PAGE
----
When we last checked in on John Malone in mid-December, the chairman of the Liberty group of companies was buying series A shares of Discovery Communications and selling nonvoting class B shares of Lions Gate Entertainment .
He has only continued in that vein. On Dec. 14, Malone paid $2 million for another 102,400 series A shares of Discovery (ticker: DISCA), which owns the eponymous channel in addition to TLC and Animal Planet. It’s agreed to acquire Scripps Networks Interactive (SNI), home of Food Network and HGTV.
The deal has gone over with Discovery investors about as well as elephants trampling through a garden. Although they’re off their lows, the series A shares of Discovery are still down 16% through Friday’s close since the deal was announced July 31. But could a new venture help the company tune into upside?
Both Discovery and Scripps are partners, along with Viacom (VIAb), A&E Networks (a joint venture of Hearst and Disney (DIS)) and AMC Networks (AMCX), in Philo, a new entertainment-focused skinny streaming bundle that launched last month.
Philo Chief Executive Andrew McCollum, a founding member of Facebook (FB), said it “relied on five years’ worth of data about what college students watch to shape the channel list for the new service.”
In our experience, college students are a demographic that tends not to pay for its entertainment. If Philo’s a hit with college students, it could mean one paying account per dorm floor. Can it be successful with young working people? At $16 a month, the lower-priced tier is more expensive than the top Netflix (NFLX) package at $13.99. Philo’s offerings, including “The Walking Dead,” ”Cake Boss” and “TRL” seem past their prime time--shows college students were watching a decade ago. Philo’s lineup lacks the oomph of Netflix’s original offerings, including “Stranger Things” and “Orange Is the New Black.” Philo also doesn’t offer any films while Netflix offers enough to populate a list of the top 100 of them.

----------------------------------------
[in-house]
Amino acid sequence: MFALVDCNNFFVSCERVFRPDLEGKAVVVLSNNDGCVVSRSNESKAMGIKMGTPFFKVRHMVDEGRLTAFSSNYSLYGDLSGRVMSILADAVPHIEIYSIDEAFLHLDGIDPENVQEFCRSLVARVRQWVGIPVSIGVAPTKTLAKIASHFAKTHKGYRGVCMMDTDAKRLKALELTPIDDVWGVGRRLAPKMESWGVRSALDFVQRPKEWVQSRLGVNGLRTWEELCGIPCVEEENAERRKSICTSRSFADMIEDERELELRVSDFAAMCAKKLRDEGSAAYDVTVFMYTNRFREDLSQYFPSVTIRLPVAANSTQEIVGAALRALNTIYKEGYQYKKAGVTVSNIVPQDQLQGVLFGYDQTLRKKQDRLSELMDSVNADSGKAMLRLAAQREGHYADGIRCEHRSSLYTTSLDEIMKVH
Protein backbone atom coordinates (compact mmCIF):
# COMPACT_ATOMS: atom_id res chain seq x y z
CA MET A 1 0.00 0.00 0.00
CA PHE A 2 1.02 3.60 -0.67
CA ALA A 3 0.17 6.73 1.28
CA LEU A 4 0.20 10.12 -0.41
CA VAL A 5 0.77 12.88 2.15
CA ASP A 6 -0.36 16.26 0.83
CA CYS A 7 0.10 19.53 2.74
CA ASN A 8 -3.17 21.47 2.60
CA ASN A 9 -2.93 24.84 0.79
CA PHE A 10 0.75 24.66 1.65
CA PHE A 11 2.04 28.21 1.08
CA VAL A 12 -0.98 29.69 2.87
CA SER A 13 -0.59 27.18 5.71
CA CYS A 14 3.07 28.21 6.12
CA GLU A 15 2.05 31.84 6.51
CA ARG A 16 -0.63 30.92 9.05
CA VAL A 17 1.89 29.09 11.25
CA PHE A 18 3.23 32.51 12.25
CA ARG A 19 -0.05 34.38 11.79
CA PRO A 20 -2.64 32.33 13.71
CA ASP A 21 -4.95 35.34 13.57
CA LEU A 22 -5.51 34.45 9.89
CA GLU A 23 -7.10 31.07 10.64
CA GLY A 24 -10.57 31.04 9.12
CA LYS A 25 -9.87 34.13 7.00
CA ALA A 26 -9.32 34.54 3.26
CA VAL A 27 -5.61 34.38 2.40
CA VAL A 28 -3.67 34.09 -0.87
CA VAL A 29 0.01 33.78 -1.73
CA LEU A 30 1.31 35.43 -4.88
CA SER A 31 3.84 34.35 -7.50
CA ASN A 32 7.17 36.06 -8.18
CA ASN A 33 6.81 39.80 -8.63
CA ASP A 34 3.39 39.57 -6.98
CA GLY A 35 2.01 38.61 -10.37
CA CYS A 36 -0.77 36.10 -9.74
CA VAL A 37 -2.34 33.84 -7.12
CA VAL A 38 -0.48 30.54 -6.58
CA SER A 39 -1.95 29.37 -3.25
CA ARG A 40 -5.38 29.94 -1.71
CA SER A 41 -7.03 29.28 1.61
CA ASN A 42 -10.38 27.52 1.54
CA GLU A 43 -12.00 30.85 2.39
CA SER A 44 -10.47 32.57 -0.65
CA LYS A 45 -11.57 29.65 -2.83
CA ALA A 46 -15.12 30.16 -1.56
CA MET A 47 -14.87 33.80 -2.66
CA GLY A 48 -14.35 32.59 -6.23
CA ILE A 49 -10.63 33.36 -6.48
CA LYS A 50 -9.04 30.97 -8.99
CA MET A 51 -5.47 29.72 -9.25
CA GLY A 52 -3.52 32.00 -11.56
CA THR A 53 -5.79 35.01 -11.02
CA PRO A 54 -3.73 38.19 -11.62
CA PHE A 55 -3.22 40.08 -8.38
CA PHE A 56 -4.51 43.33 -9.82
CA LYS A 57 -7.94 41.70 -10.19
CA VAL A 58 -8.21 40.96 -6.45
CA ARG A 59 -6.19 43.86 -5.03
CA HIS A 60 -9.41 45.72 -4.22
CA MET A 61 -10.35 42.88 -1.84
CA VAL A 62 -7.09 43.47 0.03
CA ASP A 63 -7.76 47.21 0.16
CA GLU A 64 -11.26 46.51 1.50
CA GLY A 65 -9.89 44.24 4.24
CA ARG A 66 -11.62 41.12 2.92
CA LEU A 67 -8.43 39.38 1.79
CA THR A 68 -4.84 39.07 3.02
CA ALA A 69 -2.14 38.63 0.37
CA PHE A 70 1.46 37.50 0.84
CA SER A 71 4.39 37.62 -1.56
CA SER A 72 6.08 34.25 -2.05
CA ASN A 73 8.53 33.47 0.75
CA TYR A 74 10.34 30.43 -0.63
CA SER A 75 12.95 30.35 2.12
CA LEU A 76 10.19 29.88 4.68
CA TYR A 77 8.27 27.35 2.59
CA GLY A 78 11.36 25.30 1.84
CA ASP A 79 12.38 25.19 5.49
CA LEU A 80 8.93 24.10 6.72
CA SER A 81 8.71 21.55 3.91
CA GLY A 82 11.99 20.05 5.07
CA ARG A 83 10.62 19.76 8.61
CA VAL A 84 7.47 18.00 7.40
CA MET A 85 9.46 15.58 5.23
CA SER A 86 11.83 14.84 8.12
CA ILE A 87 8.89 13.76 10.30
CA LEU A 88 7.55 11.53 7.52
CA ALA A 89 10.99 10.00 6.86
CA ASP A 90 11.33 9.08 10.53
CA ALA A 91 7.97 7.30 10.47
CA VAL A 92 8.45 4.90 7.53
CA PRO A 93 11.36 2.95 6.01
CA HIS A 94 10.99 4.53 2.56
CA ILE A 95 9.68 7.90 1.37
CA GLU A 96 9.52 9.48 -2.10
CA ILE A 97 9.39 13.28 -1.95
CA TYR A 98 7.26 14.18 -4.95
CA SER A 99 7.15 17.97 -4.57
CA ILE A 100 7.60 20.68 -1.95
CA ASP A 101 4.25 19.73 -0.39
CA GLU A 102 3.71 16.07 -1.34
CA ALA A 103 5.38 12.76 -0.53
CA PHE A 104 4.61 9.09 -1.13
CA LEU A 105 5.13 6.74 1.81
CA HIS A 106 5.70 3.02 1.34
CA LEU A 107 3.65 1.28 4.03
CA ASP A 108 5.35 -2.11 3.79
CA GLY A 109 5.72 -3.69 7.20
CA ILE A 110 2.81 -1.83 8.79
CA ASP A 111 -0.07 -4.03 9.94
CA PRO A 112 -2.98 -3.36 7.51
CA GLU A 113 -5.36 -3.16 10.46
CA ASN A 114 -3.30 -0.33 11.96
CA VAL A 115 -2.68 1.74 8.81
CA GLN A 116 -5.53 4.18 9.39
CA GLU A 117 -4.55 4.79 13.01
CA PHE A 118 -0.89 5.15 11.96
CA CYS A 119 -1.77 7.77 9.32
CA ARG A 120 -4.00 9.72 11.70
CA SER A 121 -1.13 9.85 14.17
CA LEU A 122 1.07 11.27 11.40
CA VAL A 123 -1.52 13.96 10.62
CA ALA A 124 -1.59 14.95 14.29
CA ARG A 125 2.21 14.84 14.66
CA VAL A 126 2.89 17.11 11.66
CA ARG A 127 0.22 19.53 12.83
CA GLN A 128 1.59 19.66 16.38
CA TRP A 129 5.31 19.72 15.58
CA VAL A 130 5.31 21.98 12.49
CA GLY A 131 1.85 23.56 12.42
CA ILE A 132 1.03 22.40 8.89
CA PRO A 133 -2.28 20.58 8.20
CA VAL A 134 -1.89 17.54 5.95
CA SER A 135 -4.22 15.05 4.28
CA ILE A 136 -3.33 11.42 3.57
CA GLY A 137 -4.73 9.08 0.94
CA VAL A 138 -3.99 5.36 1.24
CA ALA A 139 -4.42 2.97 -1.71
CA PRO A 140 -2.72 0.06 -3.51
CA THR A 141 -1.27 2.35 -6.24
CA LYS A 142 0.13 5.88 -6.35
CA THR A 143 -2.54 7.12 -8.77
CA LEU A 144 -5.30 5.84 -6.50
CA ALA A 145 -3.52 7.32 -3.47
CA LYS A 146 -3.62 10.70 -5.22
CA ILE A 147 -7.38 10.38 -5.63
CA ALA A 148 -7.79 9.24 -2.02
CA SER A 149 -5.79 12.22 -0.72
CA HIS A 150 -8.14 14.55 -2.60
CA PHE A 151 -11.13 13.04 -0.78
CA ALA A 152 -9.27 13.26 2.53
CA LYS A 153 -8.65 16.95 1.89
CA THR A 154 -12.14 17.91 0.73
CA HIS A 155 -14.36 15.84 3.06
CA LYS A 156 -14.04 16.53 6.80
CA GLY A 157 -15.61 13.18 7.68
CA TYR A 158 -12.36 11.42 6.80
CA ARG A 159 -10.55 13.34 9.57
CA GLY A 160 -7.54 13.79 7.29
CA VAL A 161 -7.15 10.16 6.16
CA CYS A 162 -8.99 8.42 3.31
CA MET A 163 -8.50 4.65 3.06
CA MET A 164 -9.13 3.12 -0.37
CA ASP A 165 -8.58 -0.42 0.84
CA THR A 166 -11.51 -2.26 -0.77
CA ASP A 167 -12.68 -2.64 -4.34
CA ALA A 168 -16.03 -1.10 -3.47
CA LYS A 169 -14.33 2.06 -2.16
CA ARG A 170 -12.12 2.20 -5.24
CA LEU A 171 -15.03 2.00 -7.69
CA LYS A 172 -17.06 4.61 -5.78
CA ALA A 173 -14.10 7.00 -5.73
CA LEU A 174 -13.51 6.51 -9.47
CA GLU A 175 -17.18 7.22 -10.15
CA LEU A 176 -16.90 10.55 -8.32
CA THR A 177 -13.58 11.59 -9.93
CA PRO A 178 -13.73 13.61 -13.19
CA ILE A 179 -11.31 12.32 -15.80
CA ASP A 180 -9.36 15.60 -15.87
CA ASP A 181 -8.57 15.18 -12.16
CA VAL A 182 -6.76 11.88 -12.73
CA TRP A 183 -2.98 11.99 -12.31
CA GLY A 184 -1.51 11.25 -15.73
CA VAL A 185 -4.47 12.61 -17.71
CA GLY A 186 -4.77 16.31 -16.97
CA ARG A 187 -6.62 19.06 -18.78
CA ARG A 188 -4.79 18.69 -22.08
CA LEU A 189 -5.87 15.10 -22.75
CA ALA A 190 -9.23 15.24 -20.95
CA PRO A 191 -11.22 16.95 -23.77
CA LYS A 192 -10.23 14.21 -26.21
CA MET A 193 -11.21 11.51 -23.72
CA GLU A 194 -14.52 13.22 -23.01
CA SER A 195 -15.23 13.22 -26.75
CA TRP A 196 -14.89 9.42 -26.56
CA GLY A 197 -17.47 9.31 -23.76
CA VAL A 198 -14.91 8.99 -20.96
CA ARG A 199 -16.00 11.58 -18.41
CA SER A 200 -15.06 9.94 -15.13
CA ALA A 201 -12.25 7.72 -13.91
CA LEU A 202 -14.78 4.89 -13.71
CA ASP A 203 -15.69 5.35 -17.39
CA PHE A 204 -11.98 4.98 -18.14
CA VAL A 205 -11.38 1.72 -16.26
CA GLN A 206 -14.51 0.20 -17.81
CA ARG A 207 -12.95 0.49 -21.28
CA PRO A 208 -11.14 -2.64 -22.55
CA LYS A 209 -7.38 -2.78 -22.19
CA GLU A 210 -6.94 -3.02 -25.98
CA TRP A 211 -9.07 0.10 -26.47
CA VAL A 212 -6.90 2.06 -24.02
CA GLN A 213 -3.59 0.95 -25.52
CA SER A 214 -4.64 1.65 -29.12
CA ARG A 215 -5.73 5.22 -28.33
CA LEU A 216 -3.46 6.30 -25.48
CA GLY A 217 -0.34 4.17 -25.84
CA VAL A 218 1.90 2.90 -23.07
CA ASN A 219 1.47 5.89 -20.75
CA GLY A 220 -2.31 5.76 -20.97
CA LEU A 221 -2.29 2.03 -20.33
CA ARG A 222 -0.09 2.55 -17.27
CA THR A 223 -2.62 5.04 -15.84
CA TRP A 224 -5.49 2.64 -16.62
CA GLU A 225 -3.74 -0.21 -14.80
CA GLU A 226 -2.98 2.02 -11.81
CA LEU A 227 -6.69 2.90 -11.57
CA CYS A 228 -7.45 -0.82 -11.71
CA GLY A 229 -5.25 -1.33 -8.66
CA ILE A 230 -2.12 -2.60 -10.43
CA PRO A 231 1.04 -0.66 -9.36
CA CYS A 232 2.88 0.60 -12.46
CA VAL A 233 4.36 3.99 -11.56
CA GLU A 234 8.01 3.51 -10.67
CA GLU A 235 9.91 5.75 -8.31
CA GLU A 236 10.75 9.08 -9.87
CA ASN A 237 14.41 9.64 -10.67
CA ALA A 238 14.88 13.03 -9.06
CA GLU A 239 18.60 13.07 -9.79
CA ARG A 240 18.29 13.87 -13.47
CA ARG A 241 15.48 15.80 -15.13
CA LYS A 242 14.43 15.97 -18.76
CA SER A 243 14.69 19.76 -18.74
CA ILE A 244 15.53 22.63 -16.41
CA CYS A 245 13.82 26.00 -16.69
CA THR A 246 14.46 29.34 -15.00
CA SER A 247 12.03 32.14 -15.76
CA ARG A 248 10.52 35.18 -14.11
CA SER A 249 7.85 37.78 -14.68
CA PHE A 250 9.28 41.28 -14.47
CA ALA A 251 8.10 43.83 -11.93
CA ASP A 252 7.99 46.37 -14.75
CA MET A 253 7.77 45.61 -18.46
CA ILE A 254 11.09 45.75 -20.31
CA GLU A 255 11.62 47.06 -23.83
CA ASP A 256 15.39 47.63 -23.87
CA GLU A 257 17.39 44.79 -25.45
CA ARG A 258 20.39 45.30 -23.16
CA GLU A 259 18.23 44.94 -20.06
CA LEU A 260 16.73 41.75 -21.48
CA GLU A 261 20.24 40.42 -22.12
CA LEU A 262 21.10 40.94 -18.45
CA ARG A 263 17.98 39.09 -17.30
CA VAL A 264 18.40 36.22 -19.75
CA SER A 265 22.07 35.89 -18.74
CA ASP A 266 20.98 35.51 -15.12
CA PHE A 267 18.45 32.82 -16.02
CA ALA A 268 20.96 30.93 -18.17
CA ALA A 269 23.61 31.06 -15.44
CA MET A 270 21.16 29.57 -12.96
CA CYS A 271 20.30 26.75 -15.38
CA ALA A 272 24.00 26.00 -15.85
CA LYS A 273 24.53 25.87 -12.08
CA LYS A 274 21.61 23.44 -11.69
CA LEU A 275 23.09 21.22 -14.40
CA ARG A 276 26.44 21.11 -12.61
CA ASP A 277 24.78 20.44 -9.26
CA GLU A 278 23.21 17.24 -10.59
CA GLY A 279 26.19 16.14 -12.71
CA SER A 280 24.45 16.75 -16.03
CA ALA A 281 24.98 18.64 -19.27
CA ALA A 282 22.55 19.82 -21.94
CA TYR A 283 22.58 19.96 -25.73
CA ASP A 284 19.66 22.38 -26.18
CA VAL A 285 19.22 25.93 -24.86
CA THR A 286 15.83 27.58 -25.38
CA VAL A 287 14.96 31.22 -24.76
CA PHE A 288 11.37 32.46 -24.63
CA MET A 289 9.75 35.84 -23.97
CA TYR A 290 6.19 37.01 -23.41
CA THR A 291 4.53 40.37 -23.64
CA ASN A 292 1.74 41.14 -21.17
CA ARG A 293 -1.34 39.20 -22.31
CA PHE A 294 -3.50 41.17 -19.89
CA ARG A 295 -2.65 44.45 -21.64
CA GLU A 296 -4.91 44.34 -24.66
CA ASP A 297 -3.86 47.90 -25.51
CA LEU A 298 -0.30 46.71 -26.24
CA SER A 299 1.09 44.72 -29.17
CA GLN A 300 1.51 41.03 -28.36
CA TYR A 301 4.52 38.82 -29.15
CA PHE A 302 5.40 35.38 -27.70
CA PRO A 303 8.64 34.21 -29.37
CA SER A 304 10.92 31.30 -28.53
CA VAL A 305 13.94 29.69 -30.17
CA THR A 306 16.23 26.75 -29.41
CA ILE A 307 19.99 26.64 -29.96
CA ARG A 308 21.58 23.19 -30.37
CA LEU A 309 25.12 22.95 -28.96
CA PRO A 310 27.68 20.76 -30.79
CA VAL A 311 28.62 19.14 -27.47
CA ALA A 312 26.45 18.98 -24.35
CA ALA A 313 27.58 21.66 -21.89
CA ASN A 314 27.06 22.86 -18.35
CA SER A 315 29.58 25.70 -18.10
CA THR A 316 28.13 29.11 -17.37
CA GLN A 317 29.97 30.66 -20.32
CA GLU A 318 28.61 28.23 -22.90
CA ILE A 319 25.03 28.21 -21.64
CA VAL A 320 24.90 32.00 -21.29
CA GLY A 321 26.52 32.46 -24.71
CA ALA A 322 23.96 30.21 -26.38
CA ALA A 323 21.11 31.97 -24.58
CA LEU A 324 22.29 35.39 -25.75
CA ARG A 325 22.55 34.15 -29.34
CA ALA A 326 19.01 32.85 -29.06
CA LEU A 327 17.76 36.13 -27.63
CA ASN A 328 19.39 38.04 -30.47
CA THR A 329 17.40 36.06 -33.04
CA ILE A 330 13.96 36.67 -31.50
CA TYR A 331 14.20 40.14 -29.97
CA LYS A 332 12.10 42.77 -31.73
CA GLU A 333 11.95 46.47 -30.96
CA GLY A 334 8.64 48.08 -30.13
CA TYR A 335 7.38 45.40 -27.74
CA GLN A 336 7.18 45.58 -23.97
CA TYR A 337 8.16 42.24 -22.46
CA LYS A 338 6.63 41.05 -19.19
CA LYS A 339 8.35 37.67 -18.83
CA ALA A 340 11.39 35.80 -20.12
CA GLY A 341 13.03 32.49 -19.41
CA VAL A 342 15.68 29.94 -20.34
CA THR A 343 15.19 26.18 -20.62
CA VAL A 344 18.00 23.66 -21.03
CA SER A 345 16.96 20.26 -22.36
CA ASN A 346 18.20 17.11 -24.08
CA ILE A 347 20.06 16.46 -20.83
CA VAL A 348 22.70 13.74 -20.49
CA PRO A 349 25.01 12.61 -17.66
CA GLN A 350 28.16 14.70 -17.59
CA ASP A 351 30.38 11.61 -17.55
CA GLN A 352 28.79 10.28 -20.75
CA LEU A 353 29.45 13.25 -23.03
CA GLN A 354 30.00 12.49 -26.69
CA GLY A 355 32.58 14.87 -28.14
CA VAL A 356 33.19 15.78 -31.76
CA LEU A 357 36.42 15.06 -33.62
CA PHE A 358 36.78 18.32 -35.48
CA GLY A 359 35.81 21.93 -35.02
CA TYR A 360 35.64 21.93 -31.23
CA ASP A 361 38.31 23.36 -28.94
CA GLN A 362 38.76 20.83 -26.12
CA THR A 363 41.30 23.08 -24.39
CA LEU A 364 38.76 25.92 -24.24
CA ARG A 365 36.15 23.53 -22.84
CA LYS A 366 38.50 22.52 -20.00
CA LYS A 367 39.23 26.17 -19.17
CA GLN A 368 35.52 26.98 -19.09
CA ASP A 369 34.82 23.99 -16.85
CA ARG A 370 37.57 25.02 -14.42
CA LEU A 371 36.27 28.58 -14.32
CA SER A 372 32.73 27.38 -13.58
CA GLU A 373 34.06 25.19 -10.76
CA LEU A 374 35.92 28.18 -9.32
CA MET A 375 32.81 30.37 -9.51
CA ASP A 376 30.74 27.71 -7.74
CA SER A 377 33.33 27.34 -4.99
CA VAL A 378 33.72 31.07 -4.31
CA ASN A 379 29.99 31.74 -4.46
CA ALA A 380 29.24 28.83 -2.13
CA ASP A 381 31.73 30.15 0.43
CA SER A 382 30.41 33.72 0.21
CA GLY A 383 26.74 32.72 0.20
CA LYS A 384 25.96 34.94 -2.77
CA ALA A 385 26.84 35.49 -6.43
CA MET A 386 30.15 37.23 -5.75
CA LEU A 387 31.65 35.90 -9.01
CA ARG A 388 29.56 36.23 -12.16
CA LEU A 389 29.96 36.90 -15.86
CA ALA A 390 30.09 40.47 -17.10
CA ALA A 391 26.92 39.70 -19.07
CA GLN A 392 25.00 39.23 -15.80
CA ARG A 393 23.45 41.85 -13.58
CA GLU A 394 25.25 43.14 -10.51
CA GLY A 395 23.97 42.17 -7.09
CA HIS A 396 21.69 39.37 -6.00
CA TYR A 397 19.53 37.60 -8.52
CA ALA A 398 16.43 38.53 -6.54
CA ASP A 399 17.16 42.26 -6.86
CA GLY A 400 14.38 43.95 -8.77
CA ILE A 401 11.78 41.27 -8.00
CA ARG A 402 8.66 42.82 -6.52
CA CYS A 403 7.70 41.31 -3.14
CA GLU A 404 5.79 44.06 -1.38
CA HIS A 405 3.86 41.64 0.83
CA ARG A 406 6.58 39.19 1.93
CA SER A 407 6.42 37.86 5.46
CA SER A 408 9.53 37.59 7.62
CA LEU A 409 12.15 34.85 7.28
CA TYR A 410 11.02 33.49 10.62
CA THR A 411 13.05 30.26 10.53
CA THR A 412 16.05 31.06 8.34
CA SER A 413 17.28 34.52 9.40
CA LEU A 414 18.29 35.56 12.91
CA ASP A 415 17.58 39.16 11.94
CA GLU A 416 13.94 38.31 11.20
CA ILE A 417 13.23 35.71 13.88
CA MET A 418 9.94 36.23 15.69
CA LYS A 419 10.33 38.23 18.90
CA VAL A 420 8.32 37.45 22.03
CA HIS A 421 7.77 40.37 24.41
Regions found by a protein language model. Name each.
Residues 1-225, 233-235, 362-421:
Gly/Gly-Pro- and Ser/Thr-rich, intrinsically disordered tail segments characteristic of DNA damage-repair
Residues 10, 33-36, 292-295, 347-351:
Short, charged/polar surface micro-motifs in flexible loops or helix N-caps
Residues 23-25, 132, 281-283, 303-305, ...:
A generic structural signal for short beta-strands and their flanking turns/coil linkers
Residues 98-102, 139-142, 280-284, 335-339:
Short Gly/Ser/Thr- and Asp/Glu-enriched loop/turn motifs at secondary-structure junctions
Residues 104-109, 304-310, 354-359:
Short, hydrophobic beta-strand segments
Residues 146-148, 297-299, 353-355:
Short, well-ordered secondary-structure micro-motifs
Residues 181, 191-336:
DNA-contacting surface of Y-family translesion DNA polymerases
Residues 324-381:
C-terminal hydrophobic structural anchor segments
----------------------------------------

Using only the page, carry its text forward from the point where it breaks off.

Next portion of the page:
Philo is just one of the “direct consumer platform[s]” that Malone envisioned for Discovery and Scripps, and such subscription services are factors for his bullishness, as he told CNBC last month. Malone said Discovery had to make sure it was in “every small bundle,” and hopefully other skinny bundles will offer more muscle than Philo to pull in subscribers.
Speaking of ”Orange Is the New Black,” Malone has also sold 345,500 class B shares of Lions Gate ( LGFb ) for a total of $10.6 million from Dec. 14 through 19. Lions Gate is the studio behind “Orange” and “The Hunger Games” films, and it has “an attractive Canadian tax domicile,” as our colleagues at The Wall Street Journal noted.
It’s not that he’s not bullish on Lions Gate. We’ve noted before that Malone doesn’t mind selling shares that don’t carry votes. He certainly doesn’t mind selling shares at higher prices. Class B shares ended 2017 with a 29% surge, up from a 24% gain in mid-December.
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